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Congo» Forums » General

Subject: How is it rss

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Calvin Daniels
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The game rates poorly, even for a chess variant which all lack love here.
Is this game that bad?

I am toying with making a set, is it worth the effort?

There seems like some interesting elements, the monkey jump, crocodile and river, etc

In that it looks fresher than grand chess etc which basically cross pollinate existing chess pieces.

a bit of feedback would be appreciated.
 
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Doug Webber
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Talisinbear wrote:
The game rates poorly, even for a chess variant which all lack love here.
Is this game that bad?

I am toying with making a set, is it worth the effort?

There seems like some interesting elements, the monkey jump, crocodile and river, etc

In that it looks fresher than grand chess etc which basically cross pollinate existing chess pieces.

a bit of feedback would be appreciated.


I think this is a popular variant because it uses animals for pieces. Thats it. But the game play is flawed. I checked out the forum at http://www.chessvariants.org/index/displayitem.php?itemid=Co..., here is what Mark Thompson had to say:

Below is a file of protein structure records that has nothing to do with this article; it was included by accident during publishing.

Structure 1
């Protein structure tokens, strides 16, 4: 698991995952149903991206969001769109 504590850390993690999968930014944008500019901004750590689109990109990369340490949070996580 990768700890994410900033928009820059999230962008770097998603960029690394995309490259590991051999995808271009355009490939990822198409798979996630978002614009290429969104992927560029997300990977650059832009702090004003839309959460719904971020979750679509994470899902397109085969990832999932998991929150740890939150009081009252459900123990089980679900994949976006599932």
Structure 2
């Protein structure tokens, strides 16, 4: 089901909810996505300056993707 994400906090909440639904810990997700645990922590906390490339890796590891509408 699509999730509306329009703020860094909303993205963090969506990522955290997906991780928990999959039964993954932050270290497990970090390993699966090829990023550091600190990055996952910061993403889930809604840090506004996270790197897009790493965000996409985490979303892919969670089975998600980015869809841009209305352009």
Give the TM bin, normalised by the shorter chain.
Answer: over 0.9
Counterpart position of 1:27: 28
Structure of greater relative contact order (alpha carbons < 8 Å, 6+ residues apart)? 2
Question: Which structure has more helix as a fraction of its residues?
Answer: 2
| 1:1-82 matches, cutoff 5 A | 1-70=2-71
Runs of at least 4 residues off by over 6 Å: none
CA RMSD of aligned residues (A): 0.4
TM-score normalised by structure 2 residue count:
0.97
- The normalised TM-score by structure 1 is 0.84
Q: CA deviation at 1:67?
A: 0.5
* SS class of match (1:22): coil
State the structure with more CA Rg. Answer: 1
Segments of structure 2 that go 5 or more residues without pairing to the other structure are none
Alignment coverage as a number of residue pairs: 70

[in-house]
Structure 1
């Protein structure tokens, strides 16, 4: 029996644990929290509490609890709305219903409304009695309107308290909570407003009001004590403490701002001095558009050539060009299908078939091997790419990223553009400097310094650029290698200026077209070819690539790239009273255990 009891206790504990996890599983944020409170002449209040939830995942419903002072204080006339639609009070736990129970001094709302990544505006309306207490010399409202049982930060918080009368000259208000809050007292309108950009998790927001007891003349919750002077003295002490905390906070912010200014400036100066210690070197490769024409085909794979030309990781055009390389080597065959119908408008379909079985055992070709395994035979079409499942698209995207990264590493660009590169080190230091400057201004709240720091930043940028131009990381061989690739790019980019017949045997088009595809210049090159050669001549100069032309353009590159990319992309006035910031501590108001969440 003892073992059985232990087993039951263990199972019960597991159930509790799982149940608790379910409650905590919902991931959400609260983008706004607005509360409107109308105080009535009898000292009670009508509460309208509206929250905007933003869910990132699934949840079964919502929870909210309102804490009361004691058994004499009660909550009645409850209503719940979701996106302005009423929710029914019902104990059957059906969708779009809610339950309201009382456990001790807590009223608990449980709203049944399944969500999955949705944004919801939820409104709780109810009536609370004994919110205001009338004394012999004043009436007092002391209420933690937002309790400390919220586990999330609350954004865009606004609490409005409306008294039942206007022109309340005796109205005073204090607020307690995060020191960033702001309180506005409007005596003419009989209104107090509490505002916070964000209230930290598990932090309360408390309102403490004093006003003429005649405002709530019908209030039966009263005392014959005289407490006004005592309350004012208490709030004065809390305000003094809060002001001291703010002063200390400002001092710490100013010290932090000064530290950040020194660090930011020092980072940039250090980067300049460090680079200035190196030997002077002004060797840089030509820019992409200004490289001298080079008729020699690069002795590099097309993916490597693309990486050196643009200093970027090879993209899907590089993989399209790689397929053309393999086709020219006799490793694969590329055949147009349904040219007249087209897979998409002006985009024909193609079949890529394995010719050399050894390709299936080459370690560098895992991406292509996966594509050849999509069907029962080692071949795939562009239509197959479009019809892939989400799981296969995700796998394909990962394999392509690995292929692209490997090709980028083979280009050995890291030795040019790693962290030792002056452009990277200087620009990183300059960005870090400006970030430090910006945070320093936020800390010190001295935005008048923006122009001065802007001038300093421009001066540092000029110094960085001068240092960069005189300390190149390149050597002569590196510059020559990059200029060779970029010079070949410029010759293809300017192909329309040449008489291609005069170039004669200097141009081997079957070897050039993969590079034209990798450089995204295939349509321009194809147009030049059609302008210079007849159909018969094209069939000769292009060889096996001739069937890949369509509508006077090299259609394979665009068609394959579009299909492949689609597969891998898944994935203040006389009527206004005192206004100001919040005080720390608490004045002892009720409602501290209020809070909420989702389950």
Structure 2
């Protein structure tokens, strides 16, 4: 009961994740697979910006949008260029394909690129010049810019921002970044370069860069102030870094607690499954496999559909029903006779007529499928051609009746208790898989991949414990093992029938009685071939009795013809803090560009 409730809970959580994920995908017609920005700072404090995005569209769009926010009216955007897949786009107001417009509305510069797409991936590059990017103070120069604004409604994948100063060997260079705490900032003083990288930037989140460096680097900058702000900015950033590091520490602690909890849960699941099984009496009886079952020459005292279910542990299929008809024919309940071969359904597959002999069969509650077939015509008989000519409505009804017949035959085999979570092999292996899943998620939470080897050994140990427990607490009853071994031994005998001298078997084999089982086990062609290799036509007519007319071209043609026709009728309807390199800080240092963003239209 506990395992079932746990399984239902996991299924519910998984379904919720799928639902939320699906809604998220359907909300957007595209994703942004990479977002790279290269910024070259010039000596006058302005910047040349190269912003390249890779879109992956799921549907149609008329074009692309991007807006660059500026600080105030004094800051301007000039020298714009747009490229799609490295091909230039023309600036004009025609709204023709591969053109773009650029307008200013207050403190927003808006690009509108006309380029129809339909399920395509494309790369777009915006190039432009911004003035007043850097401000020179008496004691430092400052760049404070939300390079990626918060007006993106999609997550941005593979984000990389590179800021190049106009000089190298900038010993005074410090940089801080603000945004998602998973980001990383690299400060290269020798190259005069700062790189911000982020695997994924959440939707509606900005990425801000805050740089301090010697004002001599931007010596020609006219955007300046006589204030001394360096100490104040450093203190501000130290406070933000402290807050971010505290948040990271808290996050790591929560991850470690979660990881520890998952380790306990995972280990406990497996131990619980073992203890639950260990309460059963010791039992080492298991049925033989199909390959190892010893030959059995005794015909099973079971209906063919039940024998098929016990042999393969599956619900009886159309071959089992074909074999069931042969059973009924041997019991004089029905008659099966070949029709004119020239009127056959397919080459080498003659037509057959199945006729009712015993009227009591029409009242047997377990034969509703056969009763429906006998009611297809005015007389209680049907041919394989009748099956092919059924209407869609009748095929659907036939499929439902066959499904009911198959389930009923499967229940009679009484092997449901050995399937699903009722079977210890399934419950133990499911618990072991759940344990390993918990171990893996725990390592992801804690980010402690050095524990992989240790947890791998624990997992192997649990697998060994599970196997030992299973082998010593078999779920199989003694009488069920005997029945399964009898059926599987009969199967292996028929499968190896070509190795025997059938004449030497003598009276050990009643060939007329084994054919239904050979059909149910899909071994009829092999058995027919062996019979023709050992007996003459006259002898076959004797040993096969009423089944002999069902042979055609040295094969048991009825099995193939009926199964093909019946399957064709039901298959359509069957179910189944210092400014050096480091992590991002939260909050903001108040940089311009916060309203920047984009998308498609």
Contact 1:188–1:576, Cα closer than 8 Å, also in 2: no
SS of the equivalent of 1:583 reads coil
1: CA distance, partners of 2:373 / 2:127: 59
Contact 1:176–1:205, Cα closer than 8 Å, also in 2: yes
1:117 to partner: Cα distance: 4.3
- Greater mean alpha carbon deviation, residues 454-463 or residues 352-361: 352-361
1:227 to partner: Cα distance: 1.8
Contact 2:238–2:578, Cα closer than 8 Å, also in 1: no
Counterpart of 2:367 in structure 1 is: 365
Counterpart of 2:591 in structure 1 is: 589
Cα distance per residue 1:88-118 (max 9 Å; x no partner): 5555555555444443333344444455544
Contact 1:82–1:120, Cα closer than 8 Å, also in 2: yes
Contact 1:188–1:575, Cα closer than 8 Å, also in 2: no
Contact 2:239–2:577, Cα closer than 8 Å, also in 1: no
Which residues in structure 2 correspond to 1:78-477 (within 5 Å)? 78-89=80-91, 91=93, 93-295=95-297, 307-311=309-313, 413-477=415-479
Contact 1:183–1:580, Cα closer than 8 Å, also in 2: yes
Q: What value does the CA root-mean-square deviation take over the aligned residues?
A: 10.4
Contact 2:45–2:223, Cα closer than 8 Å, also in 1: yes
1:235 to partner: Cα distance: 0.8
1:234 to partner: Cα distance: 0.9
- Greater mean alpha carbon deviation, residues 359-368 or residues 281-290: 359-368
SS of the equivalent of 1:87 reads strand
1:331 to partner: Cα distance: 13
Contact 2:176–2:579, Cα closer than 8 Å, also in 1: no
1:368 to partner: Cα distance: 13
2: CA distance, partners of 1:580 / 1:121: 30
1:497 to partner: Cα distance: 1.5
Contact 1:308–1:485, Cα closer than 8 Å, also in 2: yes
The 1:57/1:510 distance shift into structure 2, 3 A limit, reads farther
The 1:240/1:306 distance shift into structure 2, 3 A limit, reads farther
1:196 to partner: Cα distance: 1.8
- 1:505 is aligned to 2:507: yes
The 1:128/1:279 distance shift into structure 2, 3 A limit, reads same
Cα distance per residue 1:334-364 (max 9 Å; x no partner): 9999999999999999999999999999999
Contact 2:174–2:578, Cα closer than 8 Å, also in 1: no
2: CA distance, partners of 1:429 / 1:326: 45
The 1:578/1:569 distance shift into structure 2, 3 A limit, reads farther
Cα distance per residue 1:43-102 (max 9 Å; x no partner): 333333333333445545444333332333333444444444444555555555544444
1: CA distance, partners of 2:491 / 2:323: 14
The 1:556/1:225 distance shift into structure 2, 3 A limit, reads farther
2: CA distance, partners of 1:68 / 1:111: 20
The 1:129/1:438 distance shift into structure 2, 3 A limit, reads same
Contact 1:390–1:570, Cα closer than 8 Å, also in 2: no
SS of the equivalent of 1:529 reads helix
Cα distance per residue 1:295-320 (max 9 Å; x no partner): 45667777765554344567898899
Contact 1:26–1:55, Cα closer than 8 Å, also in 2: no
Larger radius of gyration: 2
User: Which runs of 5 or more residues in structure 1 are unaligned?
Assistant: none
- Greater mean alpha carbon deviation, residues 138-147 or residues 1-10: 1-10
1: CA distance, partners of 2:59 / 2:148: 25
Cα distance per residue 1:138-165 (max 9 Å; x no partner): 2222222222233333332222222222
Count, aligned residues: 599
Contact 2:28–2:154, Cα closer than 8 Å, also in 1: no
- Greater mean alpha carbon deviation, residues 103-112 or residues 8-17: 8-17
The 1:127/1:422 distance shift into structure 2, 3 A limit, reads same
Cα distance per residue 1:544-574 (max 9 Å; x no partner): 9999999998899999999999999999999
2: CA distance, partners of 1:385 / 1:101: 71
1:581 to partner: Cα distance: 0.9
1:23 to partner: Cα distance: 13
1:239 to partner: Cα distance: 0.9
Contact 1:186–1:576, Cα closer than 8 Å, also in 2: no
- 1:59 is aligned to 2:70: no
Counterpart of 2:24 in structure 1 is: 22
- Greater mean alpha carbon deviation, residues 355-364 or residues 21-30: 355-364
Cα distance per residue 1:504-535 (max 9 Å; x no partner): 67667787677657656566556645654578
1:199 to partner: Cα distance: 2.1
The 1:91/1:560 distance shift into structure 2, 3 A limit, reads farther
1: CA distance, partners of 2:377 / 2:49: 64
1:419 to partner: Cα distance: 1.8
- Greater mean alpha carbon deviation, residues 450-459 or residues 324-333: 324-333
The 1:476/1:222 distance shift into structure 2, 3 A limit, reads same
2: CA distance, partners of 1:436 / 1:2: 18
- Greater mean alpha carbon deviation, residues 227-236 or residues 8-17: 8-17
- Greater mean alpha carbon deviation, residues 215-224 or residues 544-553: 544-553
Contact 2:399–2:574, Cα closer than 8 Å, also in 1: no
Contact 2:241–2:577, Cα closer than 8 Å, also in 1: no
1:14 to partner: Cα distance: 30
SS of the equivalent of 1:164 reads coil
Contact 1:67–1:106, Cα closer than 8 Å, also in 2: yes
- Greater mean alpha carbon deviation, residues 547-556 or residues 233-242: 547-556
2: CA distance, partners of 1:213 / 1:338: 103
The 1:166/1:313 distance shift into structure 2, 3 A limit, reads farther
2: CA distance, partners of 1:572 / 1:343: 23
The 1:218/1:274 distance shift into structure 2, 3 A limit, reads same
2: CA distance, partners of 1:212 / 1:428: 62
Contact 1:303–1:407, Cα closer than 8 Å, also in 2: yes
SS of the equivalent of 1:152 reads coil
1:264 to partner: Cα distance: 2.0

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The 'drowning rule' in Congo is original and interesting, but it seems to me that it makes it awfully difficult to get an attack going. If you push a piece into the River, your opponent has the option of immediately making a counterattacking move that needs an immediate defensive response, which forces you to lose the piece in the River. It almost seems as though you're better off waiting for the other player to attack and let him be the one whose pieces drown. Does anyone know just how the good players avoid this problem?

Someone once observed that one of the general problems in designing a good strategy game is figuring out how to force the players to be aggressive, since many games tend to favor passive play unless a mechanism is introduced to force conflict. This makes me suspect that Congo might be a better game if the drowning rule, which seems to discourage conflict, were revised somehow: perhaps, a piece (or at least a Pawn) should be allowed to stay in the River one turn without drowning? Any suggestions?
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Seems to me that this would be a perfectly non-flawed game if pieces did not drown for two turns, instead of one.
 
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David Akenson
Australia
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What if the piece entering the river drowned if it was not able to be rescued by another piece? Meaning: if another friendly piece could reach it, in theory, by a legal move, then it is safe from drowning. A little like the unfreezing of adjacent friendly pieces in Arimaa.
 
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